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COVID-19 defeated 3x faster by 420,000 IU Vitamin D nanoemulsion – RCT Nov 12, 2020

Short term, high-dose vitamin D supplementation for COVID-19 disease: a randomised, placebo-controlled, study (SHADE study)

Postgrad Med J: first published as 10.1136/postgradmedj-2020-139065 on 12 November 2020.
Ashu Rastogi,1 Anil Bhansali,1 Niranjan Khare,2 Vikas Suri,2 Narayana Yaddanapudi,3 Naresh Sachdeva,1 G D Puri,3 Pankaj Maihotr B2

  • Supplemental material is published online only. To view please visit the journal online (http:〃dx.doi.o「g/10.1136/ postgradmedj-2020- 139065).
  • 1 Endocrinology, Post Graduate Institute of Medical Education and Research, Chandigarh, India
  • 2 Internal Medicine, Post Graduate Institute of Medical Education and Research, Chandigarh, India
  • 3 Anaesthesia, Post Graduate Institute of Medical Education and Research, Chandigarh, India
    • Correspondence to: Pankaj Malhotra, Department Of Internal Medicine, Nehru Hospital, PGIMER, Chandigarh 160012, India;

Background Vitamin D has an immunomodulatory role but the effect of therapeutic vitamin D supplementation in SARS-CoV-2 infection is not known.

Aim Effect of high dose, orakholecaldferol supplementation on SARS-CoV-2 viral clearance.

Design Randomised, placebo-controlled.

Participants Asymptomatic or mildly symptomatic SARS-CoV-2 RNA positive vitamin D deficient (25(OH) D<20 ng/ml) individuals.

Intervention Participants were randomized to receive daily 60 000 IU of cholecaldferol (oral nano-liquid droplets) for 7 days with therapeutic target 25(OH)
D>50 ng/ml (intervention group) o「placebo (control group). Patients requiring invasive ventilation o「with significant comorbidities were excluded. 25(OH)D levels were assessed at day 7, and cholecalciferol supplementation was continued for those with 25(OH)D <50 ng/ml in the intervention arm. SARS-CoV-2 RNA and inflammatory markers fibrinogen, D-dimer, procalcitonin and (CRP), ferritin were measured periodically.

Outcome measure Proportion of patients with SARS- CoV-2 RNA negative before day-21 and change in inflammatory markers.

Results Forty SARS-CoV-2 RNA positive individuals were randomised to intervention (n=16) or control (n=24) group. Baseline serum 25(OH)D was 8.6 (7.1 to 13.1) and 9.54 (8.1 to 12.5) ng/ml (p=0.730), in the intervention and control group, respectively. 10 out of 16 patients could achieve 25(OH)D>50 ng/ml by day-7 and another two by day-14 [day-14 25(OH)D levels 51.7 (48.9 to 59.5) ng/ml and 15.2 (12.7 to 19.5) ng/ml (p<0.001) in intervention and control group, respectively]. 10 (62.5%) participants in the intervention group and 5 (20.8%) participants in the control arm (p<0.018) became SARS-CoV-2 RNA negative. Fibrinogen levels significantly decreased with cholecalciferol supplementation (intergroup difference 0.70 ng/ml; P=0.007) unlike other inflammatory biomarkers.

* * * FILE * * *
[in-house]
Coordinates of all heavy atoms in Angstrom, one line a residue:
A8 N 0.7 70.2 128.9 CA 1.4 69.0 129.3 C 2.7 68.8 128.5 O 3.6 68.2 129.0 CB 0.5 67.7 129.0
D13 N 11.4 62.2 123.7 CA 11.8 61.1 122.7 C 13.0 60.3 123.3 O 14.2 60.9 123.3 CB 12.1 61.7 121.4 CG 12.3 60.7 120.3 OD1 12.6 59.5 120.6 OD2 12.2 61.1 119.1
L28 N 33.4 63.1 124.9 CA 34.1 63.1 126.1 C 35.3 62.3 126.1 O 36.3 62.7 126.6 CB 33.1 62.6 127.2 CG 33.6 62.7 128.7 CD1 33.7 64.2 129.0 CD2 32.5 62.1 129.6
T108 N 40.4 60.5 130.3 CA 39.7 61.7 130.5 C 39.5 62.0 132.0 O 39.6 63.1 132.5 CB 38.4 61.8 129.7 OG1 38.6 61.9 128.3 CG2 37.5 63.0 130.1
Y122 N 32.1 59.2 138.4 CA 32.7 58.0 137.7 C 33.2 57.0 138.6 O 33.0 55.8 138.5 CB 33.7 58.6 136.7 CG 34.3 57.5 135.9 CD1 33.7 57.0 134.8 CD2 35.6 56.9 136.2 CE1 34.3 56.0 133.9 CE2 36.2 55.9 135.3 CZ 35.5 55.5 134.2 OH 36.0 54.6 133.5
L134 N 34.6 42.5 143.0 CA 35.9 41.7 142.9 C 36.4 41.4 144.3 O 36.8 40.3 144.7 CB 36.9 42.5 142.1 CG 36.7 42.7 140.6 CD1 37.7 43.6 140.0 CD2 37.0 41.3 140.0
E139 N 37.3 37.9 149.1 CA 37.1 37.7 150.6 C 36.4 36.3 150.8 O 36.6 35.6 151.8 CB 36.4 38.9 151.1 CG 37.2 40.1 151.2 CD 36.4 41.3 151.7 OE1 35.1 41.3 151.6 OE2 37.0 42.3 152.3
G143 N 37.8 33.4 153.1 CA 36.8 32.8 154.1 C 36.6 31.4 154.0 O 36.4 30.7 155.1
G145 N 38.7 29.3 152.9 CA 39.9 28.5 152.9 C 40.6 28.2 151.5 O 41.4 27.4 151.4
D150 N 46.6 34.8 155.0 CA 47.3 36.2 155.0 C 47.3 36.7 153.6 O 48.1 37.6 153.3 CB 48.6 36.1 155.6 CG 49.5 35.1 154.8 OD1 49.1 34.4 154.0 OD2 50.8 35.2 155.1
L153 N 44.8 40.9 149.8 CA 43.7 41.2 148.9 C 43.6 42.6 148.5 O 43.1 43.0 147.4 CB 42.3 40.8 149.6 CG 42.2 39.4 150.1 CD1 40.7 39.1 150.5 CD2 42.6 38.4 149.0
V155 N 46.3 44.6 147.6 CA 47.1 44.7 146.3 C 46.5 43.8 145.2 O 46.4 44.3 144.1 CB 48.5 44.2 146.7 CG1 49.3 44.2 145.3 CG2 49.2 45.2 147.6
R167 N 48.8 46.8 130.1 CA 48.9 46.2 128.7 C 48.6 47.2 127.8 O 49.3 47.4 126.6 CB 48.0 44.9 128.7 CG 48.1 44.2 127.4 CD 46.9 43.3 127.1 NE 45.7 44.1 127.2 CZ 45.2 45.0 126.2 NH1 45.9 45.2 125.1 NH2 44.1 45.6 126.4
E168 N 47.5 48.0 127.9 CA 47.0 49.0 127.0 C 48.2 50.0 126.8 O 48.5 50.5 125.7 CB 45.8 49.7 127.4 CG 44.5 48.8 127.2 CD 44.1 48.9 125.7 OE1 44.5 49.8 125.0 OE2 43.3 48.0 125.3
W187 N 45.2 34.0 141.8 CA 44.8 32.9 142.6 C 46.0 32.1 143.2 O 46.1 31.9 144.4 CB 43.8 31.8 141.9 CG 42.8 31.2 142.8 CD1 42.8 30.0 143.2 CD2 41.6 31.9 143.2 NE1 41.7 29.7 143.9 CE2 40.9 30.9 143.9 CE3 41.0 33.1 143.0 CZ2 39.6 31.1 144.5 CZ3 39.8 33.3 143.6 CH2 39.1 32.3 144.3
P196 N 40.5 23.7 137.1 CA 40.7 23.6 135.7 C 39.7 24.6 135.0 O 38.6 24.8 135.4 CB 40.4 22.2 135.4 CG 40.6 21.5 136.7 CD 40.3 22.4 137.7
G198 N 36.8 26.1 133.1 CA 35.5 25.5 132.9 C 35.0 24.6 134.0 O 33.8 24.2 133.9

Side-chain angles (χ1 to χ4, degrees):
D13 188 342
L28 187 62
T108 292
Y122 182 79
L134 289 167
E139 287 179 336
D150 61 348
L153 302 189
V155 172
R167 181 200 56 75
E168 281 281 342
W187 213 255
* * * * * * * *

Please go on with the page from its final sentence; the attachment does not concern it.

Conclusion Greater proportion of vitamin D-deficient individuals with SARS-CoV-2 infection turned SARS-CoV-2 RNA negative with a significant decrease in fibrinogen on high-dose cholecalciferol supplementation.
Trial register number NCT04459247.


Coronavirus-2019 (COVID-19) caused by severe acute respiratory syndrome-associated corona- virus-2 (SARS-CoV-2) has affected the lives of millions of individuals globally and severely strained the medical community. Pre- symptomatic and asymptomatic SARS-CoV-2 positive individuals far outnumber the symptomatic ones or those with severe disease.1 2 The transmission potential of SARS CoV-2 is potentially greater than earlier viral outbreaks of SARS-CoV and MERS-CoV because of its high transmissibility even from asymptomatic SARS- CoV-2 RNA positive individuals.3 Routine measures of social distancing, personal hand hygiene and limited outdoor contact activities have shown benefits to limit coronavirus infection. But identification of asymptomatic carriers of SARS-CoV-2 infection is paramount to contain viral infection.2 Anti-viral, anti-inflammatory drugs and convalescent plasma therapy have been used for COVID-19 with variable results.4

It has been observed that vitamin D-deficient individuals have increased COVID-19 risk and mortality.5-7 The role of vitamin D in SARS- CoV-2 infection is not explored in intervention studies despite the knowledge of an immunomodulatory role and protective effect of vitamin D against other viral infections.8 An intervention study with calcifediol noticed a reduction in requirement for intensive care among hospitalised patients for COVID19.9 However, vitamin D levels were neither available at baseline nor during follow up in the study. It is noticed that those receiving vitamin D supplementation have fewer respiratory tract infections.8 However, the immune-modulatory effect of vitamin D is likely to be observed at 25(OH)D levels, which are considered higher than that required for its skeletal effects.10-12

The role of therapeutic vitamin D supplementation in asymptomatic individuals with vitamin-D deficiency and SARS-CoV-2 infection is not known. A PCR-confirmed SARS-COV-2 infection from nasopharyngeal swab pertains to relevant clinical outcome in intervention trials10 especially for asymptomatic individuals as an earlier SARS- CoV-2 negativity would have significant public health benefits in limiting the spread of the disease. Therefore, we hypothesise that high-dose cholecalciferol supplementation in patients with SARS-CoV-2 infection and vitamin D deficiency may lead to SARS-CoV-2 negativity in greater proportions of patients with a decrease in serological markers of inflammation.


Consecutive individuals with SARS-CoV-2 infection who were mildly symptomatic or asymptomatic with or without comorbidities (hypertension, diabetes mellitus, chronic obstructive airway disease, chronic liver disease, chronic kidney disease) admitted to tertiary care hospital in north India were invited for the study. A written consent was obtained from all patients included in the study and protocol was approved by the Institute Ethics Committee.